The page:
Toyotas don’t get fancier than the Century, a full-size sedan positioned at the top of the food chain. The Japan-only model has been around since 1967 and entered its current generation in 2018 to succeed the second generation car and its mighty V12. The small-series sedan will be sold mainly to important people in the Land of the Rising Sun and has a starting price of 20 million yen. That works out to $152,000 or €142,000 at current exchange rates.
A new report from Japan best car Magazine claims Toyota is preparing to launch an SUV version of the century. Take the report with the proverbial pinch of salt, but the outlet believes it will be based on that highlanders. However, it is said to be longer than the donor vehicle and have double-row seating with ample legroom for rear passengers.
The ride up century It is thought to extend to 5.2 meters (204.7 inches), which would make it even longer than the Land Cruiser. A massive 3 meter (118.1 in) wheelbase is mooted, so an extremely spacious interior is expected. Toyota’s absolute flagship SUV is said to be 1,950 mm (76.7 inches) wide and 1,750 mm (68.9 inches) high and has a curb weight of around 2,200 kilograms (4,850 pounds).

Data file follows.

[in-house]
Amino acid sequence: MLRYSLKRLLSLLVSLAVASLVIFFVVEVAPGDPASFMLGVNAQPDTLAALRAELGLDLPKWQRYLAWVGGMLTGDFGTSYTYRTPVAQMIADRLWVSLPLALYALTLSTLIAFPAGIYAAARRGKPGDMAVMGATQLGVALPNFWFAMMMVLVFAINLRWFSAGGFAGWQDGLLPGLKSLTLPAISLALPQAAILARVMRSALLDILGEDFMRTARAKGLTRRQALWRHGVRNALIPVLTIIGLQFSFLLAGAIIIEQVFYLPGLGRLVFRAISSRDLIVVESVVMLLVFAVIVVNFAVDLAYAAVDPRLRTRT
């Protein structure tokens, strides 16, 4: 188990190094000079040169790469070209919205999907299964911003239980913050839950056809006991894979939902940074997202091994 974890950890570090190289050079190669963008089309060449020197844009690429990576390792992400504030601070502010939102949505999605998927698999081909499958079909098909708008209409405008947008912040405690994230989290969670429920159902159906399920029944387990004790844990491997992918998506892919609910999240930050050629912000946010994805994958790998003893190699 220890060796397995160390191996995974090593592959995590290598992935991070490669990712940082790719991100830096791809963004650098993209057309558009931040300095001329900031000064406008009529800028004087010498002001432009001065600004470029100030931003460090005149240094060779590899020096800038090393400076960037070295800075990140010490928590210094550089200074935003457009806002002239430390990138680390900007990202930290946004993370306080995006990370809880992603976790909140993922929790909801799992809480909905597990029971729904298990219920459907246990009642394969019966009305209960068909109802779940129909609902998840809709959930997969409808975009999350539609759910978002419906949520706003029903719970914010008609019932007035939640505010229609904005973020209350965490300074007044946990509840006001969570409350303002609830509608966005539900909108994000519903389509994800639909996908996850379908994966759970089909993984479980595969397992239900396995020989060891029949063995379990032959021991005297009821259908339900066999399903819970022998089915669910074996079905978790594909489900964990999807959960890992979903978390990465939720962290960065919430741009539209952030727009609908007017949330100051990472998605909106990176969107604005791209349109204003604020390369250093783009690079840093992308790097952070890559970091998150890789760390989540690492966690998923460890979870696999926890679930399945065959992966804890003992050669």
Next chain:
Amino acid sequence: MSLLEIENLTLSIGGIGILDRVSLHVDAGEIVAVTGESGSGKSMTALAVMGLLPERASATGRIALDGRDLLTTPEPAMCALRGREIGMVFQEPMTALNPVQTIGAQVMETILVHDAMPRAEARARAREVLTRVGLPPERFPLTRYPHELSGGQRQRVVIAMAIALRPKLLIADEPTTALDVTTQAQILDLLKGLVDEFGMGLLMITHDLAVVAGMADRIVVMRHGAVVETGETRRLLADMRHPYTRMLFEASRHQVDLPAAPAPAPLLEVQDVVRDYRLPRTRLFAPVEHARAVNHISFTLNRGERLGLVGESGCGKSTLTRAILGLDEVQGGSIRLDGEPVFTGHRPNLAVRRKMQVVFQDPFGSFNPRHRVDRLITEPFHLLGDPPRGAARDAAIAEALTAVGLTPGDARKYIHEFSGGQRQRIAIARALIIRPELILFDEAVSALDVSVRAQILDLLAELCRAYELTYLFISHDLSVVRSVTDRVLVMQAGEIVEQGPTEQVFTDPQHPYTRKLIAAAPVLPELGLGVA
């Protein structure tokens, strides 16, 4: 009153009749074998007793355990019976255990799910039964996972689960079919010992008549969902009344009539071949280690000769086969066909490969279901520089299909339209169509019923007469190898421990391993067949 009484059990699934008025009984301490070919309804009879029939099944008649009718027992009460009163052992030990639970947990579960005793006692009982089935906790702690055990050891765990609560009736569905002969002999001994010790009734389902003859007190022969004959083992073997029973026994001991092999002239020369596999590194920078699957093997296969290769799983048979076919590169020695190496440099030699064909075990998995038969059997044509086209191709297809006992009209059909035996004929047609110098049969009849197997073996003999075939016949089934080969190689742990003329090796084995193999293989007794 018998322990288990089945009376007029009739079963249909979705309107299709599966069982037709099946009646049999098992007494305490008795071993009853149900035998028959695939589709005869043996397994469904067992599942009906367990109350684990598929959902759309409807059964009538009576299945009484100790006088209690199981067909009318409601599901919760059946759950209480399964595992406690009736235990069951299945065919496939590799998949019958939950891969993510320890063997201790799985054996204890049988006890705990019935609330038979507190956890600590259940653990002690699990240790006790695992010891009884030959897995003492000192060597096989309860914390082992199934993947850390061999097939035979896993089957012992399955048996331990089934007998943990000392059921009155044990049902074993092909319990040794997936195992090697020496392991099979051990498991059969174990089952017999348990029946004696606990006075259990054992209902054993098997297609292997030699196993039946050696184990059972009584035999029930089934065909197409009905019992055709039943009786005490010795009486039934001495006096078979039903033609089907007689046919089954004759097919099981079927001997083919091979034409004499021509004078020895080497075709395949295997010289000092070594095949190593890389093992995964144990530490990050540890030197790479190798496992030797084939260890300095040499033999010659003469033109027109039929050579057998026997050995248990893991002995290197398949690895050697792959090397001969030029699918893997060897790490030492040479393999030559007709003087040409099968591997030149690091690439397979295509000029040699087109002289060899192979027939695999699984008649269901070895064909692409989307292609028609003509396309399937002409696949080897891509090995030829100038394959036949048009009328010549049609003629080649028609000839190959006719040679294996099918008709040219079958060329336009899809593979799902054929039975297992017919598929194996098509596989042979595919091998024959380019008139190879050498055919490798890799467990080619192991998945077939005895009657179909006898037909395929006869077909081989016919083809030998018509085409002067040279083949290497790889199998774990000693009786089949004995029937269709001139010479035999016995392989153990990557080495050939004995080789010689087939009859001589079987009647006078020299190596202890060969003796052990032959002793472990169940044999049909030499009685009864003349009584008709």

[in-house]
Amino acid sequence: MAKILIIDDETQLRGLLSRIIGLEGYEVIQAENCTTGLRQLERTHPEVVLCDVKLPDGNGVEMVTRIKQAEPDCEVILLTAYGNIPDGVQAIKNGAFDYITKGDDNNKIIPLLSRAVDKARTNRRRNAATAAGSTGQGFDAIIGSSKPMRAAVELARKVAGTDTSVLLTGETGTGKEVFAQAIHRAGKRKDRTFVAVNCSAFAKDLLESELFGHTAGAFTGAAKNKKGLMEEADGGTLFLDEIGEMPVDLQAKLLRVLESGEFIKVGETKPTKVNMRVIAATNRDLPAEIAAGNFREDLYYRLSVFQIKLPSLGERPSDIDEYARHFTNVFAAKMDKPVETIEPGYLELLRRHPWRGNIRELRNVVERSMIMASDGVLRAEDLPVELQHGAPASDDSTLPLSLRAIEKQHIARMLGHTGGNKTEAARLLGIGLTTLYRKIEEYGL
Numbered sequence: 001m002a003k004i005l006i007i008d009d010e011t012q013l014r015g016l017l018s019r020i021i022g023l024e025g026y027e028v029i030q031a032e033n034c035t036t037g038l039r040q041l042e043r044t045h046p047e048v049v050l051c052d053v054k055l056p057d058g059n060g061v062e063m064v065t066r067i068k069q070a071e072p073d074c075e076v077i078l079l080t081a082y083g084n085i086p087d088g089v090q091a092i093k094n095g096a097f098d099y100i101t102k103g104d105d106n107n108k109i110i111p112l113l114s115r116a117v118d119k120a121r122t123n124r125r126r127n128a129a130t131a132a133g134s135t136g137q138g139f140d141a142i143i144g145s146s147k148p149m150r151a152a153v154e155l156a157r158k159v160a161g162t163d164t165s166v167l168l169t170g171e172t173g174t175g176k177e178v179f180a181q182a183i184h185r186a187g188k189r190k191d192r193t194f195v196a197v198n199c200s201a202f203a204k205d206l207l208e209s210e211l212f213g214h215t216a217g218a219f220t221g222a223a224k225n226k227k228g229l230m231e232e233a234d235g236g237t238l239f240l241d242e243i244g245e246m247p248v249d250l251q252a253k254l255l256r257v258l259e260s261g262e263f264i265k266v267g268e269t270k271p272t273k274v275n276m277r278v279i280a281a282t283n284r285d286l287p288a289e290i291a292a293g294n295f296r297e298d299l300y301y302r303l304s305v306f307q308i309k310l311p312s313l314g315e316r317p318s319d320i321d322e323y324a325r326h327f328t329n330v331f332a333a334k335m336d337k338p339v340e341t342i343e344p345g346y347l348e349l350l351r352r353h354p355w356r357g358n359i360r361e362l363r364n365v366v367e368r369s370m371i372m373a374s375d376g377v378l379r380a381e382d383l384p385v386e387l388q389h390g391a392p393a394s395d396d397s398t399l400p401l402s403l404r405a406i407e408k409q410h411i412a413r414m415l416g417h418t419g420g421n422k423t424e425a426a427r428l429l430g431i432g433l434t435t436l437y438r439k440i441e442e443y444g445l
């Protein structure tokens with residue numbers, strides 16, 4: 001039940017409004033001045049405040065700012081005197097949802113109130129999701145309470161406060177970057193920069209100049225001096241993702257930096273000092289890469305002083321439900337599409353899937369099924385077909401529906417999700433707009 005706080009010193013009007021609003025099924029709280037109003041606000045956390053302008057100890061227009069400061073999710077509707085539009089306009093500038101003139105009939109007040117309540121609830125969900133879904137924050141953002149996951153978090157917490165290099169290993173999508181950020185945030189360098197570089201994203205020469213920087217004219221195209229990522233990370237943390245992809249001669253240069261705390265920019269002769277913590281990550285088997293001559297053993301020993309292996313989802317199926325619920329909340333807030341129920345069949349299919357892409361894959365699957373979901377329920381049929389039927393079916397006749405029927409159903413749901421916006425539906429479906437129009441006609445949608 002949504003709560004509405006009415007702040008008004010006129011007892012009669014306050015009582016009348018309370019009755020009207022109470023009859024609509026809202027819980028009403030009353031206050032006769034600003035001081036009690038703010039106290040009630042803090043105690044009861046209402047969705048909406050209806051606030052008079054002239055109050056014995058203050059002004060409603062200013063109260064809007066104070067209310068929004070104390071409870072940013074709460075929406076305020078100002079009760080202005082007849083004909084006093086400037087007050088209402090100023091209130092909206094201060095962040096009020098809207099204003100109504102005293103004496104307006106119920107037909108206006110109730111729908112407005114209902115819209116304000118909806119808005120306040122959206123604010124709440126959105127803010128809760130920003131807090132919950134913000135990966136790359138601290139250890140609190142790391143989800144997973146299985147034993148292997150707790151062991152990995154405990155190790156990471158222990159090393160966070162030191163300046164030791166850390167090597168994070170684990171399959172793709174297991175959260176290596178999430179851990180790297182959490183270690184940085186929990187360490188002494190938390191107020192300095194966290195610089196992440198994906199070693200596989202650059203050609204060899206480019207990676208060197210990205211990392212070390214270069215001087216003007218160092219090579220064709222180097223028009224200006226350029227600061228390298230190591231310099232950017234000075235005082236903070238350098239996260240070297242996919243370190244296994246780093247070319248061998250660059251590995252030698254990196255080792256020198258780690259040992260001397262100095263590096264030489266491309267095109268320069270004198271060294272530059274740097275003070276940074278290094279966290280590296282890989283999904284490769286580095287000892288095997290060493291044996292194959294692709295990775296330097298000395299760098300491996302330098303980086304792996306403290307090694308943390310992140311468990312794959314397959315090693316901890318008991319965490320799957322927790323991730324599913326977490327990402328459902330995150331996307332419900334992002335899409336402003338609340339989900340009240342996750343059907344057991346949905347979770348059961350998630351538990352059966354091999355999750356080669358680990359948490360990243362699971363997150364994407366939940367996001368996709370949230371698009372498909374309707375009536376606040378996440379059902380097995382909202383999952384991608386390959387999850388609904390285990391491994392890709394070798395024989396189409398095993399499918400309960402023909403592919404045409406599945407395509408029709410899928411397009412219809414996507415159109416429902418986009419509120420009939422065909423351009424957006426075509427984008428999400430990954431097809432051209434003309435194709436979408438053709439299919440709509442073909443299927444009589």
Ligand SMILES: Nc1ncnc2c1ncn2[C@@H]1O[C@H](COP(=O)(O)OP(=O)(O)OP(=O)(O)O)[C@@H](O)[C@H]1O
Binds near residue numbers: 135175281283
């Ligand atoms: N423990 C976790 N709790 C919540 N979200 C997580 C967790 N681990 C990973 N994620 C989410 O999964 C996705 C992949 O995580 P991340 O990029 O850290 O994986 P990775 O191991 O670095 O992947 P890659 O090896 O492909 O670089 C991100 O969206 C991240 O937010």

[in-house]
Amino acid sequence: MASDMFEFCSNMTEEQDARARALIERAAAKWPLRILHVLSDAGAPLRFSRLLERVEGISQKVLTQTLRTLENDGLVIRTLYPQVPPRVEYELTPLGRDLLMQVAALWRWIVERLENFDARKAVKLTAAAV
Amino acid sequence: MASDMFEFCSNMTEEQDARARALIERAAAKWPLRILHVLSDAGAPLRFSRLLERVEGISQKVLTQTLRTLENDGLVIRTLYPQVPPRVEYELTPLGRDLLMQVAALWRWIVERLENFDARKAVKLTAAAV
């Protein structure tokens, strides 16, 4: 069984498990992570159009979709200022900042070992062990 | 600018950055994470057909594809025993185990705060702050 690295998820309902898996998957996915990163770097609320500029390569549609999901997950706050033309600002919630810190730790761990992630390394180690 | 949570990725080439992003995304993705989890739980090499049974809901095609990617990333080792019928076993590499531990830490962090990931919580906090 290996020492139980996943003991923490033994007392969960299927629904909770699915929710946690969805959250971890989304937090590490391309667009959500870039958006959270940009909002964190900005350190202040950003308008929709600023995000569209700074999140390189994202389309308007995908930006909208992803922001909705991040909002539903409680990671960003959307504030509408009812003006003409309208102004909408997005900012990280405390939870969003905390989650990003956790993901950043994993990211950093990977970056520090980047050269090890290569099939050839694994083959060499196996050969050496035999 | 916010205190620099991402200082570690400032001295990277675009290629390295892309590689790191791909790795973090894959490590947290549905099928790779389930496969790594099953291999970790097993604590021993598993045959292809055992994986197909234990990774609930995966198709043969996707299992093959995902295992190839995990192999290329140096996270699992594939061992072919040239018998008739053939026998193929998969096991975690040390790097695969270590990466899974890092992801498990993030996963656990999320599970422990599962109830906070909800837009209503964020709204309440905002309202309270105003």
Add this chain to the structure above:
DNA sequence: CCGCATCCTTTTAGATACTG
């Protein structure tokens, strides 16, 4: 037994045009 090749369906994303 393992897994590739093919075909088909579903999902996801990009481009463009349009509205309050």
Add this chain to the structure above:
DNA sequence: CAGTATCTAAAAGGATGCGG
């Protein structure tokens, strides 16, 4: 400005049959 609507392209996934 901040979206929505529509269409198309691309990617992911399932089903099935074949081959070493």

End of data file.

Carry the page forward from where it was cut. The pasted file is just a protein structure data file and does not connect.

Power could come from a 3.5-liter V6 engine inherited from the Lexus LC 500h and LS 500h. Toyota Also intends to sell the Century SUV with a hybrid powertrain by installing an electric motor in the rear. There don’t appear to be any plans to plug the sedan’s 5.0-liter V8 into the new derivative, huh best car believes to be driven by its owners rather than being a chauffeur-driven vehicle like the sedan.
It is said to cost between 10 and 15 million yen, i.e. between 75,800 and 114,000 dollars (70,600 to 106,000 euros). Toyota reportedly intends to have the Century SUV available for sale at home in Japan as early as mid-2023, with no details on a potential export of the vehicle to other markets. While the idea of giving the sport utility vehicle the fabled name seems sacrilegious, let’s not forget that it now exists whole family of Crown models in Japan.